Abstract

Motivation: The binding between a peptide and a major histocompatibility complex (MHC) is one of the most important processes for the induction of an adaptive immune response. Many algorithms have been developed to predict peptide/MHC (pMHC) binding. However, no approach has yet been able to give structural insight into how peptides detach from the MHC.

Results: In this study, we used a combination of coarse graining, hierarchical natural move Monte Carlo and stochastic conformational optimization to explore the detachment processes of 32 different peptides from HLA-A*02:01. We performed 100 independent repeats of each stochastic simulation and found that the presence of experimentally known anchor amino acids affects the detachment trajectories of our peptides. Comparison with experimental binding affinity data indicates the reliability of our approach (area under the receiver operating characteristic curve 0.85). We also compared to a 1000 ns molecular dynamics simulation of a non-binding peptide (AAAKTPVIV) and HLA-A*02:01. Even in this simulation, the longest published for pMHC, the peptide does not fully detach. Our approach is orders of magnitude faster and as such allows us to explore pMHC detachment processes in a way not possible with all-atom molecular dynamics simulations.

Availability and implementation: The source code is freely available for download at http://www.cs.ox.ac.uk/mosaics/ .

Contact:bernhard.knapp@stats.ox.ac.uk

Supplementary information:Supplementary data are available at Bioinformatics online.

1 Introduction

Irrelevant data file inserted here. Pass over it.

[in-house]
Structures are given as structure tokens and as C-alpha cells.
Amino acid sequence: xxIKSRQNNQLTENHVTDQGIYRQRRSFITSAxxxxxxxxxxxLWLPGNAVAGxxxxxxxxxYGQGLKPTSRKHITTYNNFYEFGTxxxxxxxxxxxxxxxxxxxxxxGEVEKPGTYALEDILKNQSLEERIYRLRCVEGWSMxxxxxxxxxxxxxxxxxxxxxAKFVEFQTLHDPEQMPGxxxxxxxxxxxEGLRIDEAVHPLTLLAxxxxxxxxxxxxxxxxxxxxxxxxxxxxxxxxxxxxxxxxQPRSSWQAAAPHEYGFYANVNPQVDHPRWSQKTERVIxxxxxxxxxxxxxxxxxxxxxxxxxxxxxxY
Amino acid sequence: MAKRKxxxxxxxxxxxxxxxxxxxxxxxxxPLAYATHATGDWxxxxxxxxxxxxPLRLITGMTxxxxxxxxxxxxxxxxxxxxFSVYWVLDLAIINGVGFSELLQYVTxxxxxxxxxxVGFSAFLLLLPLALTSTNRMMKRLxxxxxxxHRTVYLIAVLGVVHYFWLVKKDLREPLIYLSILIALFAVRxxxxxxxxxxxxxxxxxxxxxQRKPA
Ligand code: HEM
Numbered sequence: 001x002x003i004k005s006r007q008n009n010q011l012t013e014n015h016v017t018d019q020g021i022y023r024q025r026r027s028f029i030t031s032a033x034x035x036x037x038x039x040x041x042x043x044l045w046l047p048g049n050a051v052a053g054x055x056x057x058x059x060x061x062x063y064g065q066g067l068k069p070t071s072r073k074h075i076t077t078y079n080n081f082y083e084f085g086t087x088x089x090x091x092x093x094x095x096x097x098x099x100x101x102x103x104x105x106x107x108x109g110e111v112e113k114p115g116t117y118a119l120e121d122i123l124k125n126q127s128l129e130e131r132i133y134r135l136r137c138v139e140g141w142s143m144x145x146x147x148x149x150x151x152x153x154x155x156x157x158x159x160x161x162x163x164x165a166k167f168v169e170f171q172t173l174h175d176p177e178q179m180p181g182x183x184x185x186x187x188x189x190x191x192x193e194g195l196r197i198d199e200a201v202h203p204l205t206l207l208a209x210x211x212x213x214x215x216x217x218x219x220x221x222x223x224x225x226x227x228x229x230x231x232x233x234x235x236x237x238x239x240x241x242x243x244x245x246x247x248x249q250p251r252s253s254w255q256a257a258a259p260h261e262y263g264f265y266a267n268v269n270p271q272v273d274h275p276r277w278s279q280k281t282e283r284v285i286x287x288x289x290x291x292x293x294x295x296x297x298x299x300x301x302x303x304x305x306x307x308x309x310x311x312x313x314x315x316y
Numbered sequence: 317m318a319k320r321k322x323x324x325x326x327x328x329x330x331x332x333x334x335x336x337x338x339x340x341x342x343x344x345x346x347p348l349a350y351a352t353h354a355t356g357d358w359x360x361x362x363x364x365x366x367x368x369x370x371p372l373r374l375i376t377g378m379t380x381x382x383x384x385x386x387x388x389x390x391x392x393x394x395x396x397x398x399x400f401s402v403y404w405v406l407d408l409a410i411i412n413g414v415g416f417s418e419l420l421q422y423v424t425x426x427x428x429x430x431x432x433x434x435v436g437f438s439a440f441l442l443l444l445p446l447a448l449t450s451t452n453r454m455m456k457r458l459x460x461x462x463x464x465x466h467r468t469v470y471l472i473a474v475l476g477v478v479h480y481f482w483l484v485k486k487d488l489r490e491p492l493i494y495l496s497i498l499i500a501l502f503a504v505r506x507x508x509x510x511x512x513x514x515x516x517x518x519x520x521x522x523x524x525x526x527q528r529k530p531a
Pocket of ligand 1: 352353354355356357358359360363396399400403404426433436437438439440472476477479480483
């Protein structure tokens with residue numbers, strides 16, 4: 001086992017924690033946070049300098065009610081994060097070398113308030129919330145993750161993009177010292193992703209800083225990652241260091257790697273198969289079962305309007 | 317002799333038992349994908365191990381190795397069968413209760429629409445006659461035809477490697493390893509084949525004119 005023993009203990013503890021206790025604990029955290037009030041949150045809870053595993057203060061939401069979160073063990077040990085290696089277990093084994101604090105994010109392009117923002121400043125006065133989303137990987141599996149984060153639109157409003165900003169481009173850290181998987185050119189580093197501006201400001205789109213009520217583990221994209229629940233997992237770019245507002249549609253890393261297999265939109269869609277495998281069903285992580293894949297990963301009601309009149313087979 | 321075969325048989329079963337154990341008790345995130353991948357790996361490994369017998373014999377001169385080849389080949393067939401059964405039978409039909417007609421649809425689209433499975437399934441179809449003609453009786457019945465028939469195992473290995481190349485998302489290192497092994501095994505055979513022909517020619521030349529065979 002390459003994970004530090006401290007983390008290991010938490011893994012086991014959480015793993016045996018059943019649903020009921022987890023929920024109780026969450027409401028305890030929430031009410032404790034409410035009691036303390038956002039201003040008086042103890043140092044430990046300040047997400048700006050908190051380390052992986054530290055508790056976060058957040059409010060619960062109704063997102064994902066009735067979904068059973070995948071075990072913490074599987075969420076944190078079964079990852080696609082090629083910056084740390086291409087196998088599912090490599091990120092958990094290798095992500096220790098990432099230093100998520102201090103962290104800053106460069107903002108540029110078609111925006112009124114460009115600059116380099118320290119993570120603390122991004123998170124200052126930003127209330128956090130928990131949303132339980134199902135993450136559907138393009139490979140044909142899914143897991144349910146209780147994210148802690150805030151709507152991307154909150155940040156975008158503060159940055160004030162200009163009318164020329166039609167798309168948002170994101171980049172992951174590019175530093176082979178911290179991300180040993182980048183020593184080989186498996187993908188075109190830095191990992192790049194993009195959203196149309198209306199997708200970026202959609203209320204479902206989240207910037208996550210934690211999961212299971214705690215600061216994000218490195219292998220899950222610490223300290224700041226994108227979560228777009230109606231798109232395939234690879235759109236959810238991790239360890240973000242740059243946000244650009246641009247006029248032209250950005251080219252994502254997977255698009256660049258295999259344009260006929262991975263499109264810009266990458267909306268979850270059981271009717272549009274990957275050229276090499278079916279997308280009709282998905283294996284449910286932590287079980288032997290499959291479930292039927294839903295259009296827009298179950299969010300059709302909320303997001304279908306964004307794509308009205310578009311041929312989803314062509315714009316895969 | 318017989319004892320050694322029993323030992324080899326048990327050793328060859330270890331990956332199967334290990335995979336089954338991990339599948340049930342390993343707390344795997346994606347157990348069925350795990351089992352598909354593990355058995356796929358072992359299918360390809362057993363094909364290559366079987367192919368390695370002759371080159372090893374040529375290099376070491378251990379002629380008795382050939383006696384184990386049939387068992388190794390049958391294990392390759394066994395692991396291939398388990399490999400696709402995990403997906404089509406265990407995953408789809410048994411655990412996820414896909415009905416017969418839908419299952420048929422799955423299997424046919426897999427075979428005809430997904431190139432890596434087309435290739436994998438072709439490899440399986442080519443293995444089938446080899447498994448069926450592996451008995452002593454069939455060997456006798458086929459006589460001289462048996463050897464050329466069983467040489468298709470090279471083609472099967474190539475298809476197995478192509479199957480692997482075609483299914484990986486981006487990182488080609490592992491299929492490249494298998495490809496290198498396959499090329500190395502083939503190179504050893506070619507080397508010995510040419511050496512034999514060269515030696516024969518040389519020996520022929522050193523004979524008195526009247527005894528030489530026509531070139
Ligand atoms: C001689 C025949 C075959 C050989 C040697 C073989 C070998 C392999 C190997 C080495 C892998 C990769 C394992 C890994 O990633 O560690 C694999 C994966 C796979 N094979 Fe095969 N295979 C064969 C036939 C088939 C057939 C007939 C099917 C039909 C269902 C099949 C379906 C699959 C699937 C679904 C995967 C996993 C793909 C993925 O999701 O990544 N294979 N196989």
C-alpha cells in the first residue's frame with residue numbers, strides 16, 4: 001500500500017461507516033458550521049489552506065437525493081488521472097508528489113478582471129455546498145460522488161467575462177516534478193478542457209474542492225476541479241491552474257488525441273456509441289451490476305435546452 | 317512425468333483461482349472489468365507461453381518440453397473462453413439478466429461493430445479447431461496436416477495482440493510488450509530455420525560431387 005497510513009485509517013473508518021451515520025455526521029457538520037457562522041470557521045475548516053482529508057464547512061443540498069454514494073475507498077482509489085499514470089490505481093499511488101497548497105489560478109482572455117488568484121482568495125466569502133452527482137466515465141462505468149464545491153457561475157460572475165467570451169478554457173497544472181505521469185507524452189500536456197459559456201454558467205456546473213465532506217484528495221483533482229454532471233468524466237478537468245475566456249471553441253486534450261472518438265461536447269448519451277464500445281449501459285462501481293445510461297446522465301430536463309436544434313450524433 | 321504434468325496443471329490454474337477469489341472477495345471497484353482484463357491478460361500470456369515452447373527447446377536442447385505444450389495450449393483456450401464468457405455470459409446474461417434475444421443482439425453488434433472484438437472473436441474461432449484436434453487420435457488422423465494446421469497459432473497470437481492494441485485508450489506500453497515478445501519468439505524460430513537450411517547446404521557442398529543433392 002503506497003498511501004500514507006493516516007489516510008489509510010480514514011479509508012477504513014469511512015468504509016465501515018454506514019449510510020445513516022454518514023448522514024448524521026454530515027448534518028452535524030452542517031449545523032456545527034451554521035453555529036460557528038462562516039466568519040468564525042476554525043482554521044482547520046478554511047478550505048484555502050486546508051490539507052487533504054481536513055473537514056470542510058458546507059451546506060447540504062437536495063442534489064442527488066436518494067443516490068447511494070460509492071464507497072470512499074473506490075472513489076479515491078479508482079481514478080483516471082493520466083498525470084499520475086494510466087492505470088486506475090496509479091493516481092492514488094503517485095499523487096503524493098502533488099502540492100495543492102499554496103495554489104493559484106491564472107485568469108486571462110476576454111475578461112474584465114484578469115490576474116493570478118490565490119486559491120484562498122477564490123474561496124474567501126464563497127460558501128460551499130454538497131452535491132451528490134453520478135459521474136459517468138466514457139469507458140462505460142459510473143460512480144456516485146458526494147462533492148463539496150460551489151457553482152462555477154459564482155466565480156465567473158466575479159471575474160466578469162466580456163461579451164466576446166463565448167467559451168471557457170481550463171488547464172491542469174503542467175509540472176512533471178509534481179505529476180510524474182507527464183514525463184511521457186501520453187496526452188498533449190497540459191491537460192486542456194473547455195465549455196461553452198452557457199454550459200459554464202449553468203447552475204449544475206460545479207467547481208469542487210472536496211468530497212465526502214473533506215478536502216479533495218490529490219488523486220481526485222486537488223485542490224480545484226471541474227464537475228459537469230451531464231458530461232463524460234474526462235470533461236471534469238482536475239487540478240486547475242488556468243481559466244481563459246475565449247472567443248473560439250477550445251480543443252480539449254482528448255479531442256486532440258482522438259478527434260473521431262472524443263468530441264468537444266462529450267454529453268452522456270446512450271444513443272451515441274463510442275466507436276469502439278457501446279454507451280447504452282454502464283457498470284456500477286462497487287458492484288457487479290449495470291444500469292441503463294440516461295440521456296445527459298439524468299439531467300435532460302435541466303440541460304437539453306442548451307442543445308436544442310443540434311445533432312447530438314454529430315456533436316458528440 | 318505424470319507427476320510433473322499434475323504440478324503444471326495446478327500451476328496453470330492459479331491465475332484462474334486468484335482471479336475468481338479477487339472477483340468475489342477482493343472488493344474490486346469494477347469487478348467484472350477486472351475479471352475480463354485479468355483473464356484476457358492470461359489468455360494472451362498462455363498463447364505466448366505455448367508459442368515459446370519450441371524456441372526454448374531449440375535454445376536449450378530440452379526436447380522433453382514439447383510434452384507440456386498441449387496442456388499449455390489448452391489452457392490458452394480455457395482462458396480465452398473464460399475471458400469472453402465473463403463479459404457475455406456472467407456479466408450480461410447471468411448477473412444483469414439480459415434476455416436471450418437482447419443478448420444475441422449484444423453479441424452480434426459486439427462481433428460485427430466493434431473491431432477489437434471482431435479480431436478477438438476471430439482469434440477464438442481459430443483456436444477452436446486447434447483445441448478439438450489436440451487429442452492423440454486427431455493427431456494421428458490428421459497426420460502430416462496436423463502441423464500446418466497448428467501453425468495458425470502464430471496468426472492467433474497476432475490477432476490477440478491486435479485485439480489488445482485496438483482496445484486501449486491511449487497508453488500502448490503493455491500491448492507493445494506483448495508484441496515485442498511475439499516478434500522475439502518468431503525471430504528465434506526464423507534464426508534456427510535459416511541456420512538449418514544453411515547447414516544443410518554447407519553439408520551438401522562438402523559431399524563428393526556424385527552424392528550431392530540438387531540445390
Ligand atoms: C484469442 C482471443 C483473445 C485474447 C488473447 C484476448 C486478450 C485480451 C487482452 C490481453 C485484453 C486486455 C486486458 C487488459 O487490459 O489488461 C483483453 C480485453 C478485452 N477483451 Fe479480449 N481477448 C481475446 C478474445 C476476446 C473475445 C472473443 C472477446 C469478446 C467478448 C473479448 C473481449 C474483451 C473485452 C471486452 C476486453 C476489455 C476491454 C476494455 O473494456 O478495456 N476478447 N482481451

Presentation of protein fragments on the surface of antigen-presenting cells is a fundamental part of the human immune system. In virus-infected cells, proteosomes degrade viral proteins into peptides. These peptides are then transported via the transporter associated with antigen processing into the lumen of the endoplasmic reticulum where the peptides are loaded on major histocompatibility complex (MHC) class I molecules. These peptide/MHC (pMHC) complexes are then presented on the surface of antigen-presenting cells to the T-cell receptors (TCR) of T cells ( Rudolph et al. , 2006 ). The linkage between MHC, peptide and TCR determines if an immune reaction is triggered against this peptide ( van der Merwe and Dushek, 2011 ). Only if the binding affinity between peptide and MHC is strong enough, a peptide can be presented to TCR and a productive immune response against this peptide can take place. A wide range of pMHC binding affinity prediction methods have been developed (reviewed in Knapp et al. , 2009 ; Zhang et al. , 2012b ). Sequence-based methods usually achieve high accuracy if sufficient training data are available. Structure-based methods are often worse at predicting binding affinity but give insight into the binding mode of the peptide (compare Knapp et al. , 2009 ; Zhang et al. , 2012b ). Prediction methods based on molecular dynamics (MD) simulation attempt to not only predict the binding affinity and binding mode but also the dynamics of a peptide bound inside the MHC binding groove ( Knapp et al. , 2015 ). However, no all-atom MD simulation has so far been able to give insight into the structural detachment process of a peptide from an MHC. This is likely to be due to the immense resource consumption that standard MD would take to map out the conformational space of pMHC detachment.